The delayed fall harvest this year is adding pressure to nutrient management work that is also an important task every fall. This pressure can add risk to both people and pigs during nutrient application. This isn’t news to anyone who has been stuck watching the manure pits filling while the grain bins were not.
Safety practices for pit pumping have been outlined from multiple sources, and two are listed here as references: www.extension.umn.edu/Swine/components/pdfs/PorkCast-PitPumpingGuidelines.pdf, nationalhogfarmer.com/facilities-equipment/manure-handling/0909-agitating-manure-pits/.
Unfortunately, we have a few instances every year in which small or large groups of pigs are killed by pit gases in confinement buildings during the agitation and pumping of manure storage pits.
From a diagnostic laboratory standpoint, we help veterinarians as they prepare materials for insurance claims against losses that result from ventilation failures or pit gas exposure by performing diagnostic tests on samples submitted from affected pigs.
Most swine practitioners have a good understanding of the appropriate steps for collecting information, submitting samples and filing the reports for this process. However, the precise requirements can be somewhat variable depending on the insurance company and policy specifications. Some general guidelines for handling claims after a loss are listed below based on discussions with representatives from livestock insurance carriers.
Producers are responsible for contacting the insurance company (or companies) promptly after a loss, certainly before pigs are removed or samples are taken. Insurers report rare instances where they aren’t notified until long after the loss, which really complicates the entire process. In situations involving third parties, such as custom manure haulers, additional liability insurance carriers might also become involved. These carriers also need to be contacted promptly as they may have different information needs for processing claims, especially if they are not tied as closely to livestock operations.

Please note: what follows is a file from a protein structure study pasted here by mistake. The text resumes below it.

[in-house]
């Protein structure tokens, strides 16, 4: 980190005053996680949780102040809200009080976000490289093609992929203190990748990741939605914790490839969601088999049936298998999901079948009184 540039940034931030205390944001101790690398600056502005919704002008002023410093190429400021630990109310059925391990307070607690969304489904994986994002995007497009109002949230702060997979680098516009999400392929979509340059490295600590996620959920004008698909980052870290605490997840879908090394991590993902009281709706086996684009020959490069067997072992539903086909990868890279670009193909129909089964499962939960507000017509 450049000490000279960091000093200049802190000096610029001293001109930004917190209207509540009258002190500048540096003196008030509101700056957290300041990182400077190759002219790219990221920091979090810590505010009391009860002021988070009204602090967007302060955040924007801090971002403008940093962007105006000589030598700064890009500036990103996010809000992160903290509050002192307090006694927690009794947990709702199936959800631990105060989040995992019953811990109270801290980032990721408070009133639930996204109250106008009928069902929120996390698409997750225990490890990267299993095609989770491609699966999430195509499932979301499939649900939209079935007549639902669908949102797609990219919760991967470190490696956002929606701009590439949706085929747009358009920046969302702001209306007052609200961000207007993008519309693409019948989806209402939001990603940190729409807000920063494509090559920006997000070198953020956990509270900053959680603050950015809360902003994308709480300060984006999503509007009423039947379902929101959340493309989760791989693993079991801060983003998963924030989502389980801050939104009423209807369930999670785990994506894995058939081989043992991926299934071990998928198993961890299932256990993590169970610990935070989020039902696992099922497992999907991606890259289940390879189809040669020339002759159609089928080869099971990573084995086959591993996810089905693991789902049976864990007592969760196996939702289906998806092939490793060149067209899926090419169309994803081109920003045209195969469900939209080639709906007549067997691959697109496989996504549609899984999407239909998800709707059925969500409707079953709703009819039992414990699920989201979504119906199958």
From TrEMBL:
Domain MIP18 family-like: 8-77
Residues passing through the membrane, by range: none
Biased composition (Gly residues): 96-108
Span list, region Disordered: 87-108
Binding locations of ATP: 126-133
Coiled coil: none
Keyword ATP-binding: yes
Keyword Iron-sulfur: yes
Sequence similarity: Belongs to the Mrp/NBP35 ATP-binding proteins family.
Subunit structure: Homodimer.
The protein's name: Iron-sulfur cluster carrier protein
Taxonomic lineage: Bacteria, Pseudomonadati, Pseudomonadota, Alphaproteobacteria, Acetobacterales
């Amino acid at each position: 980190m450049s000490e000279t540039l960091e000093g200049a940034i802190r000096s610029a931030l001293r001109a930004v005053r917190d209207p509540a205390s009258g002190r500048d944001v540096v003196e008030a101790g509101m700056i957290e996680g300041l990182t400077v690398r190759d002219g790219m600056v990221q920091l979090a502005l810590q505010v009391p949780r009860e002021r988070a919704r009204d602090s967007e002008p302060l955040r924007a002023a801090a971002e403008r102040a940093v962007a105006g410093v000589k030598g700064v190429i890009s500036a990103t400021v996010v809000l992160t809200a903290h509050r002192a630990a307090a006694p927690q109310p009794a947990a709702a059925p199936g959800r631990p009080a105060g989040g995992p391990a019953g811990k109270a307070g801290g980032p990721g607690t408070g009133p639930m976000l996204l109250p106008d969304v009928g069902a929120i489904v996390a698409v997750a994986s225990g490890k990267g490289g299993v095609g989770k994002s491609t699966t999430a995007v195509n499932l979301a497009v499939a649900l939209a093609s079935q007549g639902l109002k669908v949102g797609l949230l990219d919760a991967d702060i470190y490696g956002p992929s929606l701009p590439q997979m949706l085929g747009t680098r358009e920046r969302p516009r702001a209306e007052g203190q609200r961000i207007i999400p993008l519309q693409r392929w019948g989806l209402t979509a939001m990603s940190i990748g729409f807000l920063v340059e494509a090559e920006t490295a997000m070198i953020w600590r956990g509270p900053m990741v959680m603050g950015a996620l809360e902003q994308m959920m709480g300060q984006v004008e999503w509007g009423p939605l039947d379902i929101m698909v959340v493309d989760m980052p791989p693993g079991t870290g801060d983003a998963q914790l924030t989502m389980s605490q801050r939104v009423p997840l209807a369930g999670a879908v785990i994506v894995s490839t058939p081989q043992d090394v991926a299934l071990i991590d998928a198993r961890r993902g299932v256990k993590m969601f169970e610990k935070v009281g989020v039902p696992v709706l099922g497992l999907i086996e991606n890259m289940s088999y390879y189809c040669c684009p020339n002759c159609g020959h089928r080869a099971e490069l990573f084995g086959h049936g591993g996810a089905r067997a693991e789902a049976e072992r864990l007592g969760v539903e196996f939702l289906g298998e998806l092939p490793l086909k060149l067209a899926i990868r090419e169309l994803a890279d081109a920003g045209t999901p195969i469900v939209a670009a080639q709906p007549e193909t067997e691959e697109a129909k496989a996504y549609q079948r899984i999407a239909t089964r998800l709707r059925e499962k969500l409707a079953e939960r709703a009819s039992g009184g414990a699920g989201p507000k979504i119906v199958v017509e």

The policy holder also has the primary responsibility for complying with all the requirements of the policy. It’s always important to start by contacting the insurance company to find out what information they need for processing a loss claim. Depending on the timing and location of the loss, a representative from the insurer may or may not be able to visit the site immediately.
Therefore, some of the initial documentation may need to be completed by the veterinarian in the place of an insurance agent or adjuster. These details need to be worked out directly with the insurance representatives, since most policies require that the pigs cannot be removed until the insurer has released the site, with due consideration for local and state ordinances.
The veterinarian’s role is to determine the cause of death. While the cause of death may appear very straightforward, a thorough diagnostic evaluation is required to rule out other potential health problems in the pigs. Some insurance policies have specific requirements for the number or proportion of pigs that must be examined to sufficiently document the cause of death (e.g. 20% of mortalities).
This, again, is why it is important for the producer and veterinarian to be in contact with the insurer before beginning the diagnostic evaluation. Insurers report that one of the more common mistakes made by producers is waiting to report the loss until after the veterinarian has left the site. Often this results in having to call the veterinarian to return to the site for additional work.
Deciding on the precise number of pigs to examine and sample is a mix of insurance policy requirements and professional veterinary judgment. The veterinarian must be able to document adequately the cause of the losses.
Therefore, the number of pigs to examine can vary based on the mortality pattern observed, number of rooms or groups affected, prior disease and performance history, nature of lesions encountered and other factors. These factors also determine how many samples are needed for evaluation at a diagnostic laboratory. The number of pigs to examine and sample are typically agreed upon through discussions between the veterinarian and the insurer, and may be more or less than the number stated in the policy.
According to insurance company representatives, losses due to ventilation failures or pit gases during manure handling are becoming rarer. This is an encouraging trend. However, when losses do occur, you can avoid compounding the problem by working closely with your insurance carrier and veterinarian to ensure the insurance claim process is handled correctly.
Jerry Torrison, DVM
University of Minnesota Veterinary Diagnostic Laboratory